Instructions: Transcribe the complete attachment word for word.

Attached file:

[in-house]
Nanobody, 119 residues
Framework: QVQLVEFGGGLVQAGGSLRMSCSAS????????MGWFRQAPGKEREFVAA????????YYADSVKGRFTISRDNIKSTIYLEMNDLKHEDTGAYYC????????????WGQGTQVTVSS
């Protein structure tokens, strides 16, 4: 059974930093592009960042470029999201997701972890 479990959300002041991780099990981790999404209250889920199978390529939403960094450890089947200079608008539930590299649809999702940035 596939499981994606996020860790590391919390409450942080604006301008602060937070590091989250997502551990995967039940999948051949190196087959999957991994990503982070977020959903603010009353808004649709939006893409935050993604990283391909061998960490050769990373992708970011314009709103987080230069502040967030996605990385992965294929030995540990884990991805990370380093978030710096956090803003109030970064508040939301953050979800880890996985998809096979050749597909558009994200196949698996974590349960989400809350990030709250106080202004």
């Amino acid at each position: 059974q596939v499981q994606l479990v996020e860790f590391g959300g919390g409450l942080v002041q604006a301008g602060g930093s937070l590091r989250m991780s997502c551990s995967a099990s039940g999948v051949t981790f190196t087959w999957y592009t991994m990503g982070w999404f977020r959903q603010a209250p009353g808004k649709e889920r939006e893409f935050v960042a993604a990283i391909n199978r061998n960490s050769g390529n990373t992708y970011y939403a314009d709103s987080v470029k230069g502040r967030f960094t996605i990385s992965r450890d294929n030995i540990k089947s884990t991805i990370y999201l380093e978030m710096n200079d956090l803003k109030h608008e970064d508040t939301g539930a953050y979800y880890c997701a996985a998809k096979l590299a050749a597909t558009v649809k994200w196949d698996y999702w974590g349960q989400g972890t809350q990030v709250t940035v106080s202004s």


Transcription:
[in-house]
Nanobody, 119 residues
Framework: QVQLVEFGGGLVQAGGSLRMSCSAS????????MGWFRQAPGKEREFVAA????????YYADSVKGRFTISRDNIKSTIYLEMNDLKHEDTGAYYC????????????WGQGTQVTVSS
């Protein structure tokens, strides 16, 4: 059974930093592009960042470029999201997701972890 479990959300002041991780099990981790999404209250889920199978390529939403960094450890089947200079608008539930590299649809999702940035 596939499981994606996020860790590391919390409450942080604006301008602060937070590091989250997502551990995967039940999948051949190196087959999957991994990503982070977020959903603010009353808004649709939006893409935050993604990283391909061998960490050769990373992708970011314009709103987080230069502040967030996605990385992965294929030995540990884990991805990370380093978030710096956090803003109030970064508040939301953050979800880890996985998809096979050749597909558009994200196949698996974590349960989400809350990030709250106080202004």
């Amino acid at each position: 059974q596939v499981q994606l479990v996020e860790f590391g959300g919390g409450l942080v002041q604006a301008g602060g930093s937070l590091r989250m991780s997502c551990s995967a099990s039940g999948v051949t981790f190196t087959w999957y592009t991994m990503g982070w999404f977020r959903q603010a209250p009353g808004k649709e889920r939006e893409f935050v960042a993604a990283i391909n199978r061998n960490s050769g390529n990373t992708y970011y939403a314009d709103s987080v470029k230069g502040r967030f960094t996605i990385s992965r450890d294929n030995i540990k089947s884990t991805i990370y999201l380093e978030m710096n200079d956090l803003k109030h608008e970064d508040t939301g539930a953050y979800y880890c997701a996985a998809k096979l590299a050749a597909t558009v649809k994200w196949d698996y999702w974590g349960q989400g972890t809350q990030v709250t940035v106080s202004s």